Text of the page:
According to the World Health Organisation, "breastfeeding is one of the most effective ways to ensure child health and survival."
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According to the World Health Organisation, "breastfeeding is one of the most effective ways to ensure child health and survival."

3. ...And flavour

"Breast milk is affected by the woman's diet and so, yes, it can change flavour," Dyson said.

"For example, I might get a call from a woman who says their baby has suddenly changed their behaviour. Where perhaps normally their baby is very settled and feeding regularly, suddenly he or she is crying a lot and generally behaving in a way that's out of character.

"One of the first questions I ask in this situation is 'is there anything you can think of that's changed in 24 to 48 hours? Anything in your diet?' And more often than not the mother has gone out for dinner and had very spicy food, for example, and maybe that's not a regular part of that woman's diet.

"The baby could be reacting to the change in her breast milk. It might have a tummy ache or its little bottom gets red, and it's all due to a night of spicy food."

4. Breast milk can contain alcohol

In the same way a woman's diet can affect the colour or taste of breast milk, alcohol can also be passed through the mother to the infant.

"We often have to counsel woman about alcohol content in milk," Dyson continued. "Obviously the best possible outcome is that a woman doesn't drink during lactation, but if they choose to, they often ask how to go about it in the safest way.

"Basically, a woman's blood alcohol content equals her milk alcohol content. There are lots of ways to get around this if, for instance, you have a big event you want to drink at, such as to express before the event."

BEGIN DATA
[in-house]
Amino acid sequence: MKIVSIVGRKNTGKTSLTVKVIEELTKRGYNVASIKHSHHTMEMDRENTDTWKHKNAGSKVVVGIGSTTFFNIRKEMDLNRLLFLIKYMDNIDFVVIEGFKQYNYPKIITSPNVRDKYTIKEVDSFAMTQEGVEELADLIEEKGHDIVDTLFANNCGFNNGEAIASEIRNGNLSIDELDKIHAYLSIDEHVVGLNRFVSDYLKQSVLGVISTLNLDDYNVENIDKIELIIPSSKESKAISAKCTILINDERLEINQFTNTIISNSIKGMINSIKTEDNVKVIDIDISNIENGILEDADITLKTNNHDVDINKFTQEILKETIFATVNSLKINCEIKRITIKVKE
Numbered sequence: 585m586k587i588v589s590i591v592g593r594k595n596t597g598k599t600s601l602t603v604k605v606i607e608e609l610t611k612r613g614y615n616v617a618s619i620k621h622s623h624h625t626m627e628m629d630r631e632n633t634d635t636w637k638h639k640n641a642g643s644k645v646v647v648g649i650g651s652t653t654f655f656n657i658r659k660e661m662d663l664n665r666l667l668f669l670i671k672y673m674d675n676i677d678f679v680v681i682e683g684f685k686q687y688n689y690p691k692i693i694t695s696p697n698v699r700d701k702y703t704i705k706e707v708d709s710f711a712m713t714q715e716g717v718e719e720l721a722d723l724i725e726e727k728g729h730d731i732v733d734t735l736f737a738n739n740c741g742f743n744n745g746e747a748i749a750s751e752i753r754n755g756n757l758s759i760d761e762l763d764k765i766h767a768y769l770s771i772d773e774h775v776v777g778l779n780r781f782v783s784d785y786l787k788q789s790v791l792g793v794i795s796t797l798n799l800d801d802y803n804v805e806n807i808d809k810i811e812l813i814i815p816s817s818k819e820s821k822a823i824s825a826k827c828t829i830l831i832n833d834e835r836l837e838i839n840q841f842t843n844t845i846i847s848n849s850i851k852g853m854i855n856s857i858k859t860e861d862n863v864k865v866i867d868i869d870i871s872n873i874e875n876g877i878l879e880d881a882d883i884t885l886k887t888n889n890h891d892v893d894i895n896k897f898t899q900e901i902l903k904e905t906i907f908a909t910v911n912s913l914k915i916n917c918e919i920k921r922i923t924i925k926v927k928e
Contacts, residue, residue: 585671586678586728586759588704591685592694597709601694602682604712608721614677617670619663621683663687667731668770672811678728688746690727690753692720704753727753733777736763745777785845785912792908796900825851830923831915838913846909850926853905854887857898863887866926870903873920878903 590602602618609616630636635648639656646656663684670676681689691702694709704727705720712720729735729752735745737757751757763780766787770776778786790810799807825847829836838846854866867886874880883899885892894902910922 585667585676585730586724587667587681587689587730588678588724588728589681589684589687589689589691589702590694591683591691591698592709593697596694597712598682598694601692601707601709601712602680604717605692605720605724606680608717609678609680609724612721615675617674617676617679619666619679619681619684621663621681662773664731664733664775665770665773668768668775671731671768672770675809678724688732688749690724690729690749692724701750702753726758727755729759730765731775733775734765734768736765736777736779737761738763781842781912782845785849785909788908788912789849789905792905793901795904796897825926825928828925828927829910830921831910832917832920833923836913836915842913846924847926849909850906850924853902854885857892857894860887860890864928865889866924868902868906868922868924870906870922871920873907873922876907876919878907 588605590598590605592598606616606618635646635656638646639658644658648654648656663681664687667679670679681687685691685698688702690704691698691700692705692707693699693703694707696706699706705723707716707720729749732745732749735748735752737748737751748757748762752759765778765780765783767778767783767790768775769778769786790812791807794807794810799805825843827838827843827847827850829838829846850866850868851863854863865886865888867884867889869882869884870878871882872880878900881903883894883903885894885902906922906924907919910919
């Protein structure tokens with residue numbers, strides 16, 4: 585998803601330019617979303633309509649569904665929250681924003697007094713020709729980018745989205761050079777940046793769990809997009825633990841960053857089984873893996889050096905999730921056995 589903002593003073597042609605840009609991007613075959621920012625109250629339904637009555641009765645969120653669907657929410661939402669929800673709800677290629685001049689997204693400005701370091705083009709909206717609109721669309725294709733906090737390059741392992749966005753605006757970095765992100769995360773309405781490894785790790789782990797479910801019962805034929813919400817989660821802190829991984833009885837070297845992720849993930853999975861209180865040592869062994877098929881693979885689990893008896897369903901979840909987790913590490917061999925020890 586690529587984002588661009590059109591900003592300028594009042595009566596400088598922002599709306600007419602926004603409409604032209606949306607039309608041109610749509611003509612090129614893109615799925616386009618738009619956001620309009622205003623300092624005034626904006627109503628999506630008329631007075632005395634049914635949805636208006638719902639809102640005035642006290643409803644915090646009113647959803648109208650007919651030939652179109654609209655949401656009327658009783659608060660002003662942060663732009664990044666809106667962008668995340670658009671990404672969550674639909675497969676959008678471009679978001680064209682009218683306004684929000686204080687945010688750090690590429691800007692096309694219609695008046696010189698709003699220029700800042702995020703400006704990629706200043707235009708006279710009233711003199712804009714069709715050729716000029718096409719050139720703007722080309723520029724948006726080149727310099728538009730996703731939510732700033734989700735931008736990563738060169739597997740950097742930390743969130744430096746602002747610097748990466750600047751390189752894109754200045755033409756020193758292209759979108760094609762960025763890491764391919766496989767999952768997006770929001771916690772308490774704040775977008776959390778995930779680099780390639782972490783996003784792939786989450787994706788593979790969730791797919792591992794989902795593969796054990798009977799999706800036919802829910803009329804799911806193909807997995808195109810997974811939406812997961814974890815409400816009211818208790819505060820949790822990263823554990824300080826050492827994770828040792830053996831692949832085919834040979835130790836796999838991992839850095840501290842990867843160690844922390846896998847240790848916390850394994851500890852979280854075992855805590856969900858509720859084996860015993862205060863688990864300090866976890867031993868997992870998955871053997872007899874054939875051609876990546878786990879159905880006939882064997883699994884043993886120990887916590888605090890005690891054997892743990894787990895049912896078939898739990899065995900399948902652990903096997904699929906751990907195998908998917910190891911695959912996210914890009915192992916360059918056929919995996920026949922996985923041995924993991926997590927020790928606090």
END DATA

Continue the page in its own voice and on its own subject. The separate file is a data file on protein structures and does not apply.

Some babies want alcohol even when they're not breastfeeding.
Chris Tobin
Some babies want alcohol even when they're not breastfeeding.

5. One breast can be 'milkier' than the other

"It's certainly true that one breast is often bigger then the other, and that is thought to be due to the glandular tissue that produces the milk," Dyson said.

"A woman might have a breast with more glandular tissue than the other, and therefore presumably more milk.

"Sometimes, babies favour one breast over the other for no apparent reason at all, and we can't really explain why that is."

6. Breastfeeding can give you cramps

"The hormone oxytocin, which is released while breastfeeding, also helps your uterus contract back to its normal size," Sheldon told HuffPost Australia.

"That's why in those early days of breastfeeding, you may feel cramping or contractions in your tummy just after your let down."

7. You produce almost a litre a day

"A normal milk supply for a breastfeeding woman is about 800ml in 24 hours," Dyson said.

"Some women have larger milk storage capacity in their breasts than others, so while over a 24-hour period, most people will produce around 800 ml, some people don't have the storage capacity to contain that.

"As such, some babies will feed more frequently on [lesser amounts] while others will feed less, but in larger amounts, because the woman's storage capacity is larger."

Find out more about World Breastfeeding Week here.